A girl who claims she was being bullied when she attacked her tormentor and sent her to hospital has been put on probation for the school assault.
Details shared in court provide a glimpse into just how tough life in a Brandon high school can be.
Court heard that the offender snapped after she found notes left around the school that stated she’d been raped. Her lawyer says that she had, in fact, been abused as a child.
“High school can be a pretty cruel place,” Judge John Combs said in court on Monday. “People can say and do things that perhaps are an expression of the fact that they don’t think very much before they say things, and they can say some pretty cruel things.”
The assailant can’t be named under the Youth Criminal Justice Act. To protect the identity of the offender and victim, the Brandon Sun isn’t identifying the school where the assault happened.
The 17-year-old pleaded guilty on Monday to assault causing bodily harm for the beating, which Crown prosecutor Kaley Tschetter said was captured on surveillance video.
That footage showed how the offender grabbed the 17-year-old victim and threw her into a metal door in the school hallway. The victim’s head hit the door and she fell to the floor.
As the victim lay on the floor, her attacker kicked her in the face. The assailant then knelt and punched the victim in the head about 10 times before fleeing.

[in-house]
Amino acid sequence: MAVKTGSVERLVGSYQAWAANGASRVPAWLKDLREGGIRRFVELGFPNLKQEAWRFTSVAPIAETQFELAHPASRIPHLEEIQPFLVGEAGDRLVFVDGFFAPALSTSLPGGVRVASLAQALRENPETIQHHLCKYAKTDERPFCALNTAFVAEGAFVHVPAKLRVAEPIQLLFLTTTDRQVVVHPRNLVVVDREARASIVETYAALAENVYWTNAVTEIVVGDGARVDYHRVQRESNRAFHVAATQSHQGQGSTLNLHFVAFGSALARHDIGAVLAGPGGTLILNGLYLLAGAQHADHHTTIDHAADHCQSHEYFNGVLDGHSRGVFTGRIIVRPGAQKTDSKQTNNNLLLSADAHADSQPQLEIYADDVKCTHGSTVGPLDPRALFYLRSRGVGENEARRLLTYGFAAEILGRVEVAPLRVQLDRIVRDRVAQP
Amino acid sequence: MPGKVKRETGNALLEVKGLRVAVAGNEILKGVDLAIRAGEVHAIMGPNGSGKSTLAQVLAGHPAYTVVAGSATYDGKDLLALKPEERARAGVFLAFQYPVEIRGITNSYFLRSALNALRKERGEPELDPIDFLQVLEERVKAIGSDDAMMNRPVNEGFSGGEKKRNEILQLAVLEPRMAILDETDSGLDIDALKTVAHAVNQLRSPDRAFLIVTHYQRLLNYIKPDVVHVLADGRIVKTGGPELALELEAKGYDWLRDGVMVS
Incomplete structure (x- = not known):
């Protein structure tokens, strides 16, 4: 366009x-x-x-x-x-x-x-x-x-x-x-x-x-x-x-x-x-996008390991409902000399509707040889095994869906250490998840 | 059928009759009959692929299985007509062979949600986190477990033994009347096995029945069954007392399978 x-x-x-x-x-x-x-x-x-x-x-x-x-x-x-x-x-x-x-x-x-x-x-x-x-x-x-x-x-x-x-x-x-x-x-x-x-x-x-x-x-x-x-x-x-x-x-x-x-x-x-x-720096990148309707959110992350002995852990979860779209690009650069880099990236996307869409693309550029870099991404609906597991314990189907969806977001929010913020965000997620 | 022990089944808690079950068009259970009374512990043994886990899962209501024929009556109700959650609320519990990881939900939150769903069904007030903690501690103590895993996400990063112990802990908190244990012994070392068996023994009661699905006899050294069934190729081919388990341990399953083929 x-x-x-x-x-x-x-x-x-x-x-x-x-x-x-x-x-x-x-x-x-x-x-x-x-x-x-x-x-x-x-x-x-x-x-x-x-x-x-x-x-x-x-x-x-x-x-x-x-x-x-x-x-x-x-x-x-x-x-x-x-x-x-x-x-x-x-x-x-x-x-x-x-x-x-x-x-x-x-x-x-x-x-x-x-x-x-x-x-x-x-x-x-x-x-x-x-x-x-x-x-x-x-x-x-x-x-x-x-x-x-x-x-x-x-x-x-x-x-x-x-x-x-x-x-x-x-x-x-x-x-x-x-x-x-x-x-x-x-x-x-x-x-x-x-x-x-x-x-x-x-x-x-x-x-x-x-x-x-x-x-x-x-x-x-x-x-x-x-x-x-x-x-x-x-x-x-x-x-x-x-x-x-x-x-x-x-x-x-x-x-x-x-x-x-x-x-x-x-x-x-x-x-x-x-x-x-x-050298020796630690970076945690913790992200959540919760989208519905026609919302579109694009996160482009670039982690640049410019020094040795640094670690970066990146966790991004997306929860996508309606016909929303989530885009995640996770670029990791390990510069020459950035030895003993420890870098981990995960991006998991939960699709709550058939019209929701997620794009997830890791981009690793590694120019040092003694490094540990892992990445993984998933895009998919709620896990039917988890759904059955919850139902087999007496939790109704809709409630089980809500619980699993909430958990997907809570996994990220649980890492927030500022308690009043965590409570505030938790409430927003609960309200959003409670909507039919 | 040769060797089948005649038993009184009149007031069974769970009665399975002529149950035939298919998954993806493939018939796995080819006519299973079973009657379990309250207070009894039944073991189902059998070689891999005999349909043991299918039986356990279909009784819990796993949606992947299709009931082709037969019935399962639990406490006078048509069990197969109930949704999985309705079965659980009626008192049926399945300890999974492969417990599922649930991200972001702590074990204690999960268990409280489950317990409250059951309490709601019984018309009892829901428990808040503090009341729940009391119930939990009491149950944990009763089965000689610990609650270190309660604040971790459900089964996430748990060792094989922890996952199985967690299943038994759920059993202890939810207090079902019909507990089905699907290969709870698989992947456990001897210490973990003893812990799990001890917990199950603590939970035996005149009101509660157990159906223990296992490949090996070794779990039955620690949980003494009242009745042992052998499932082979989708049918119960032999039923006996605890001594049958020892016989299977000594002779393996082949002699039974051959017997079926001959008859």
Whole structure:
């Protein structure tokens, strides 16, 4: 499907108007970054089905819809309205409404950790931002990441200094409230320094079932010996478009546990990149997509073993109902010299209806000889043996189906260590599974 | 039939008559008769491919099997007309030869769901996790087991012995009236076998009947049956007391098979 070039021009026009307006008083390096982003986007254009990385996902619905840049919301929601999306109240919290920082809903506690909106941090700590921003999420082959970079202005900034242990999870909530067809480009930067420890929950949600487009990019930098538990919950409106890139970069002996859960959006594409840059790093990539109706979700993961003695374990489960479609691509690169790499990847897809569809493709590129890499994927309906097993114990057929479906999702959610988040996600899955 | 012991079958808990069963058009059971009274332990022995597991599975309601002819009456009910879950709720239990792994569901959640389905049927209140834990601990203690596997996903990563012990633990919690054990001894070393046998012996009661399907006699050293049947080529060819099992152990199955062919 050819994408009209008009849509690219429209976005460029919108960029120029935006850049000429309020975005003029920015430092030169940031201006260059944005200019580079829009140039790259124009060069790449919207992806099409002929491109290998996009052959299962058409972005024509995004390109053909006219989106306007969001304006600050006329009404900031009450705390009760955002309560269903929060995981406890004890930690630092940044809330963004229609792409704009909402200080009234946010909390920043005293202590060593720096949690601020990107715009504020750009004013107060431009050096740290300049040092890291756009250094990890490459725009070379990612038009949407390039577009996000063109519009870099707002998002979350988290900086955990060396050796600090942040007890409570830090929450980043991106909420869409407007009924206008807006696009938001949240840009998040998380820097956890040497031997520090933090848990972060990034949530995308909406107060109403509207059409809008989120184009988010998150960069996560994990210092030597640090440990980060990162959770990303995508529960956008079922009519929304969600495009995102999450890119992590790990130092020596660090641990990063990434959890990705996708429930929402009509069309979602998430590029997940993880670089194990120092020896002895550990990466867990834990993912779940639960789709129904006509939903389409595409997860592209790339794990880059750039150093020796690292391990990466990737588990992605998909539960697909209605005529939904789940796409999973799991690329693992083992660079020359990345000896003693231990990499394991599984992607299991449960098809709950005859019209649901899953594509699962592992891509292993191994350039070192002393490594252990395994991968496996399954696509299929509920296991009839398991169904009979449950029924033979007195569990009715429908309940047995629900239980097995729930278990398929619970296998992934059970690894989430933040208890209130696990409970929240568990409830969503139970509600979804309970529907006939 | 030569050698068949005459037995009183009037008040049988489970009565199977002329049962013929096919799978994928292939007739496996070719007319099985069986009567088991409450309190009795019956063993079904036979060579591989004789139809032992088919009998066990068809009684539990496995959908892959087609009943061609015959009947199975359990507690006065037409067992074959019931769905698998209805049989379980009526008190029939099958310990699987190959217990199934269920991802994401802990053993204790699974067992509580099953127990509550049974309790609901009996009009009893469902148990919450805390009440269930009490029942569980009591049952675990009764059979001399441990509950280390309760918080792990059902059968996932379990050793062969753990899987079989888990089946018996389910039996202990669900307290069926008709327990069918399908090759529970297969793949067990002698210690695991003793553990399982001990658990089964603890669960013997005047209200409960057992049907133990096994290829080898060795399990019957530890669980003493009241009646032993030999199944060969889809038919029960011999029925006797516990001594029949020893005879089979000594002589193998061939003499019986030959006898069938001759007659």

A teacher helped the victim to the school office before she was taken to hospital. There were injuries to her eye, cheek, nose and elbow, but no broken bones.
Tschetter said school staff were warned of impending trouble two days before the attack.
The girl who was later beaten had shown the vice-principal a Facebook post in which her attacker’s sister had referred to her as a wretched-looking “white girl” and stated she was going to “get it” for “talking s--t” about her sister.
“(The girl) was obviously quite scared before the attack that something might happen and went to her vice-principal. Something in fact did happen a couple of days after that,” Tschetter said.
Court heard the assailant is aboriginal, originally from a Westman First Nation.
Defence lawyer Philip Sieklicki said his young client had been bullied and subjected to an “extreme case of provocation” prior to the assault.
The bullying began with the victim and her friends laughing at the girl and calling her a “loser,” Sieklicki said.
The girl ignored the name-calling at first, but then began to talk back.
Sieklicki said the torment took a cruel turn when a friend of the beating victim handed the bullied girl a letter at school.
“She opened the letter, and it said: ‘You’re a loser … You called me a loser, but you’re a loser. You’re the one who got raped when you were a little girl. You’re worth nothing. You should go kill yourself, because that’s what I would have done if I was you,’” Sieklicki said, paraphrasing the letter based on his client’s account.
The day of the assault, the bullied girl found letters left around the school that named her as a rape victim, Sieklicki said.
Sieklicki said the bullied girl had been abused when she was younger, although he didn’t specify how. Upset after finding the letters, she attacked when she saw the victim in the school hallway.
Tschetter said that just before the beating, the offender had confronted the victim with “notes,” but they appeared to be blank pieces of paper. The victim denied having anything to do with the notes and that’s when she was attacked.
Combs placed the assailant on probation for a year, with orders to take anger management and complete 40 hours of community service work.
No longer at the same school, the girl was also ordered to stay away from the victim while on probation.
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